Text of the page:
9.4.A - Chemical Monitoring

Chemistry is the science that studies matter - its chemical and physical properties, the chemical and physical changes it undergoes and the energy changes that accompany these processes.

No one can know all there is to know about chemistry, so it is divided up into a number of different study areas where chemists specialise. Chemists with different specialisations can then collaborate more effectively on various projects.

Many chemical occupations will require chemists to monitoring and manage the products of reactions in order to ensure safety, efficiency and even high yeilds in production processes.

In this topic students:

  • Identify and account for reactions that need monitoring
  • Investigate chemical specialties and occupations

Need for Monitoring

In many chemical industries, products are formed that need monitoring for one reason or another. The products may be toxic, carcinogenic or flammable or it may be an equilibrium system where yeild can be increased by monitoring various reaction conditions.

In some reactions, different products are formed when the conditions change. These need to be monitored to maximise one product and reduce other harmful products. An example is the combustion of octane in the internal combustion engine of a car. When an engine is new, it works most efficiently and bums the fuel more completely to produce carbon dioxide and water. Although carbon dioxide is a greenhouse gas, it is harmless to humans and preferable to the alternative products.

C8H18 (l) + 25/2 O2 (g) ⇒ 8CO2 (g) + 9H20 (l)

As the engine ages, it burns octane less efficiently and partial combustion occurs producing carbon monoxide in preference to carbon dioxide. Partial combustion occurs due to the lack of oxygen available. To burn one mole of fuel in the equation below, only 8.5 mol of oxygen is needed compared to 12.5 mol in the equation above.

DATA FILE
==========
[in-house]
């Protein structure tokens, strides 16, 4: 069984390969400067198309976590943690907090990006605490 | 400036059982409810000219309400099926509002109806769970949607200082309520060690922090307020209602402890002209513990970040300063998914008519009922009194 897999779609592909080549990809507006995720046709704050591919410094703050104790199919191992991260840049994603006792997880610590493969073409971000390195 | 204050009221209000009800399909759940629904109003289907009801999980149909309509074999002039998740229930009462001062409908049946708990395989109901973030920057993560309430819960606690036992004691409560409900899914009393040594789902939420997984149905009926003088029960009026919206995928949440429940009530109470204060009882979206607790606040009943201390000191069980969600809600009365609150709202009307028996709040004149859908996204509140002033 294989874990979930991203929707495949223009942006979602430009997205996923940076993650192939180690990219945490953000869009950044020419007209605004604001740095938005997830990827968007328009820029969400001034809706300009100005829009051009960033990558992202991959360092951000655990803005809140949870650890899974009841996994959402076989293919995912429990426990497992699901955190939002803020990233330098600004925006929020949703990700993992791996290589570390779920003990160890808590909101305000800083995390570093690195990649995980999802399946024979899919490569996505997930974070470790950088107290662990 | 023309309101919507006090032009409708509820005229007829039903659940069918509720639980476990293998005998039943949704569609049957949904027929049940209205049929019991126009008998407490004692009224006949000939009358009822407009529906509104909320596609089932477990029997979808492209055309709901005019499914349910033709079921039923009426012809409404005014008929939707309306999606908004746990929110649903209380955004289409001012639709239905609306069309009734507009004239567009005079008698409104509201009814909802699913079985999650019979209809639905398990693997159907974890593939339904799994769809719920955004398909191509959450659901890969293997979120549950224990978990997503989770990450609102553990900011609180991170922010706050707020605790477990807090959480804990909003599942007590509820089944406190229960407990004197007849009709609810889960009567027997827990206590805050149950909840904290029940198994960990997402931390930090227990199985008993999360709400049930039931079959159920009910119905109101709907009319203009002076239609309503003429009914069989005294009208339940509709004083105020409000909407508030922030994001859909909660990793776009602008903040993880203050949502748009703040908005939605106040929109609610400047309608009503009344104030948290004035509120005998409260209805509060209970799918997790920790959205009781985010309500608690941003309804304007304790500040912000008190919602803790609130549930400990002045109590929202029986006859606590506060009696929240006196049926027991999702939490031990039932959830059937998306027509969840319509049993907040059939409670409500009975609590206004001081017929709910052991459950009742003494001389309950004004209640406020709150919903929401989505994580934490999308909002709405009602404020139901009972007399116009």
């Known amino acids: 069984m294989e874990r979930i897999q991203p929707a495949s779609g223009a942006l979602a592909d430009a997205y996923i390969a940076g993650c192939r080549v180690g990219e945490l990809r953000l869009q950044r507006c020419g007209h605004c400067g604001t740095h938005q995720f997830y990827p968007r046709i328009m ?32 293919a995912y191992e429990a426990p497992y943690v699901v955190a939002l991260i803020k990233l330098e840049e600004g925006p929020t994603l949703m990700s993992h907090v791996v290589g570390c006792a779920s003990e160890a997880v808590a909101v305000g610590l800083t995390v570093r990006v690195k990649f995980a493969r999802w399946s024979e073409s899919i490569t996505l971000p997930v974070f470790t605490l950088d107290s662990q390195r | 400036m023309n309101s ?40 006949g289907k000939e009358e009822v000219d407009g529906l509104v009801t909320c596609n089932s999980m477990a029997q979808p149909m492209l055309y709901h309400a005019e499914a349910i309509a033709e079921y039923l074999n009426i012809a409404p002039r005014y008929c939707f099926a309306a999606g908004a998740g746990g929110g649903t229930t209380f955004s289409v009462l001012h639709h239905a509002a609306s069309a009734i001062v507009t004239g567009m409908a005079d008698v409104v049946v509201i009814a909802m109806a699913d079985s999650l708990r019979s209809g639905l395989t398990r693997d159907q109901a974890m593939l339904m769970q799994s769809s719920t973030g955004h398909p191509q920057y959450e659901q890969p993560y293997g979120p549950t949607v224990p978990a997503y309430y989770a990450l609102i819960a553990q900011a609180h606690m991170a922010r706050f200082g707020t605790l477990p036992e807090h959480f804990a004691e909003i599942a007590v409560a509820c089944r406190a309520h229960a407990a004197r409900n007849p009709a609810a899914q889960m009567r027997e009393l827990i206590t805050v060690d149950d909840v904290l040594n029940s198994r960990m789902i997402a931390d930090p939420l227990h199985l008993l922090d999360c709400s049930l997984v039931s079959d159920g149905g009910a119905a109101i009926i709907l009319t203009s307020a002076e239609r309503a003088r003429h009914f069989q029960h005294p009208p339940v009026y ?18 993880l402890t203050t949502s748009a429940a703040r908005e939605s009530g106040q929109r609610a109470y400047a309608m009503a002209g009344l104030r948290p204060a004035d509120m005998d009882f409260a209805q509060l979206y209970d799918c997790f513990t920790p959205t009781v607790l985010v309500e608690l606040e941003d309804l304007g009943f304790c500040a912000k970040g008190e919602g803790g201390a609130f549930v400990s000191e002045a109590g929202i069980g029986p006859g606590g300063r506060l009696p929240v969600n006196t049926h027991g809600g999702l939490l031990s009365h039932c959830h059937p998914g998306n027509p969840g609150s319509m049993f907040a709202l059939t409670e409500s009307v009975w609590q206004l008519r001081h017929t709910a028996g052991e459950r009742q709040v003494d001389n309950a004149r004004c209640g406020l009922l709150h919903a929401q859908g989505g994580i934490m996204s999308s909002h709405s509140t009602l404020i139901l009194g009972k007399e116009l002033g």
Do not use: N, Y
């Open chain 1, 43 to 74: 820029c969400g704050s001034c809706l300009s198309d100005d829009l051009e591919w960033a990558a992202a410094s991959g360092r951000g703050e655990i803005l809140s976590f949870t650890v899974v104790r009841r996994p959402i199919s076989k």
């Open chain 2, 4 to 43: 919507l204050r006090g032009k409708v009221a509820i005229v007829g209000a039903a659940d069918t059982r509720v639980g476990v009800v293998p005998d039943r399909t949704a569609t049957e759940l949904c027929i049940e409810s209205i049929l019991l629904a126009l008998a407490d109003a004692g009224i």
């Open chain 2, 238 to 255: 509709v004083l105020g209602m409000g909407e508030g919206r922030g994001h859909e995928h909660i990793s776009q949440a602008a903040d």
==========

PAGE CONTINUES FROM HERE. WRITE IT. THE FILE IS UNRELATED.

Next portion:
C8H18 (l) + 17/2 O2 (g) ⇒ 8CO (g) + 9H20 (l)

When oxygen becomes even more limiting (4.5 mol), carbon (soot) is produced in preference to carbon oxldes.

C8H18 (l) + 9/2 O2 (g) ⇒ 8C (S) + 9H20 (l)

Both carbon monoxide and soot are more harmful to humans than carbon dioxide. Carbon monoxide is highly toxic and soot is carcinogenic (cancer causing). For these reasons the gas makeup of exhaust fuel needs monitoring. This would be done when a new car is tested before leaving the factory and again each time the car is serviced to ensure the air-fuel ratio promotes complete combustion.


Chemical Occupations

Chemists work in a varlety of occupations, some of which are given below:

  • Analytical chemists determine the quantitative composition of materials. They work in the mining industry where they identify the composition of ores. They work for the government where they determine the composition of pollutant gases in the atmosphere and dissolved substances in waterways.

  • Biochemists study the chemistry of living things. They work in the medical Industry on enzyme structure and function, on hormones, proteins and the various chemical pathvvays operating vwthln humans. They work in the agriculture industry on nutrients required by crops and on the various conditions needed for optimal growth of plants.

  • Polymer chemists research and develop new plastics, synthetic fibres, colloids and biopolymers. They work for chemical engtneering companies that aim to produce a variety of new materials.

  • Industrial chemists research new materials. They may work for a petrochemical company, pharmaceutical company, paint industry, CSIRO or in research and development for any varlety of companies.

Collaboration Between Chemists

Chemists collaborate when they collect and analyse data. For example a team of chemists is involved in the ice core work in Antarctlca. Some devise the technique for obtaining the gas samples from the ice cores. Others analyse radioisotopes to date the sample. Others collect the data and yet others analyse what the data shows.

Chemists need to collaborate because they specialise early in their careers and are not expert in a wide variety of fields.